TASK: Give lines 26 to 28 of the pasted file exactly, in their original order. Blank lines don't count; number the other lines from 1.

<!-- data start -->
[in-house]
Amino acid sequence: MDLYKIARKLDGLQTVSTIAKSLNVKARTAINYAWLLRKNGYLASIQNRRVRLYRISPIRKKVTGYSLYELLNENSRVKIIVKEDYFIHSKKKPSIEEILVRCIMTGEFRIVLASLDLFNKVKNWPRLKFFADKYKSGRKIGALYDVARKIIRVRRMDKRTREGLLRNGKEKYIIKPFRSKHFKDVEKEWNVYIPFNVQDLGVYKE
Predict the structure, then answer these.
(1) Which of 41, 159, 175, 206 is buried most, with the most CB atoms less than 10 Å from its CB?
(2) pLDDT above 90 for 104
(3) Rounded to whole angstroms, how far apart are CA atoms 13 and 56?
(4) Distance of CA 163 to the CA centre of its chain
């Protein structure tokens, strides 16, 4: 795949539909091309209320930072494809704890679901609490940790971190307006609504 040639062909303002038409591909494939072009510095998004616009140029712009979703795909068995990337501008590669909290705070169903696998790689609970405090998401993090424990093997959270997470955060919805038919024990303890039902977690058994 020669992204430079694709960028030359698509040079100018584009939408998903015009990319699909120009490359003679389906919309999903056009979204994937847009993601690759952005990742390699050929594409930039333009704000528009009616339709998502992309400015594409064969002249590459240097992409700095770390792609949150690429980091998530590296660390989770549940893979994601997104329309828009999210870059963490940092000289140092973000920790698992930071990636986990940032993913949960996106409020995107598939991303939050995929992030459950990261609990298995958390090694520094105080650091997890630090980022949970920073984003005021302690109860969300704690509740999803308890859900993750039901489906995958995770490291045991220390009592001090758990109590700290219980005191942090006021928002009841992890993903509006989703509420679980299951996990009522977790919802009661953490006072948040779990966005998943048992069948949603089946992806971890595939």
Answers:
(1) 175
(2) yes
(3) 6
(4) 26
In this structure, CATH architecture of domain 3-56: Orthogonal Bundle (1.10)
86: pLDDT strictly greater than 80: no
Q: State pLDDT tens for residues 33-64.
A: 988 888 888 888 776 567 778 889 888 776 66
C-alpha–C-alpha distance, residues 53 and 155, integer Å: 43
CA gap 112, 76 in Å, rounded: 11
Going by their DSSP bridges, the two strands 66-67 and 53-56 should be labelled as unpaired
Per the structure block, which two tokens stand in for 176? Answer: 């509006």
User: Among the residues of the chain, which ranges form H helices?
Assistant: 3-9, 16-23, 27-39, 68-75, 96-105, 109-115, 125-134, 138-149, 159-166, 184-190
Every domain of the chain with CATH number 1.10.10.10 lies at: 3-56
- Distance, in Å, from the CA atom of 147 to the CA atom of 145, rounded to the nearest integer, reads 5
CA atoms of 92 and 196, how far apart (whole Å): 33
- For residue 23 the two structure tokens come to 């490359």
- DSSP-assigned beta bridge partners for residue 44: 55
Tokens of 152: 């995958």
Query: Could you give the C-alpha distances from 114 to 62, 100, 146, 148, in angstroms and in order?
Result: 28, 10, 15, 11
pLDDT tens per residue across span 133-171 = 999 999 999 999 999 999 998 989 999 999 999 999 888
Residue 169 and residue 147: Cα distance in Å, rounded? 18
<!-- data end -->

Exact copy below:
CA atoms of 92 and 196, how far apart (whole Å): 33
- For residue 23 the two structure tokens come to 């490359």
- DSSP-assigned beta bridge partners for residue 44: 55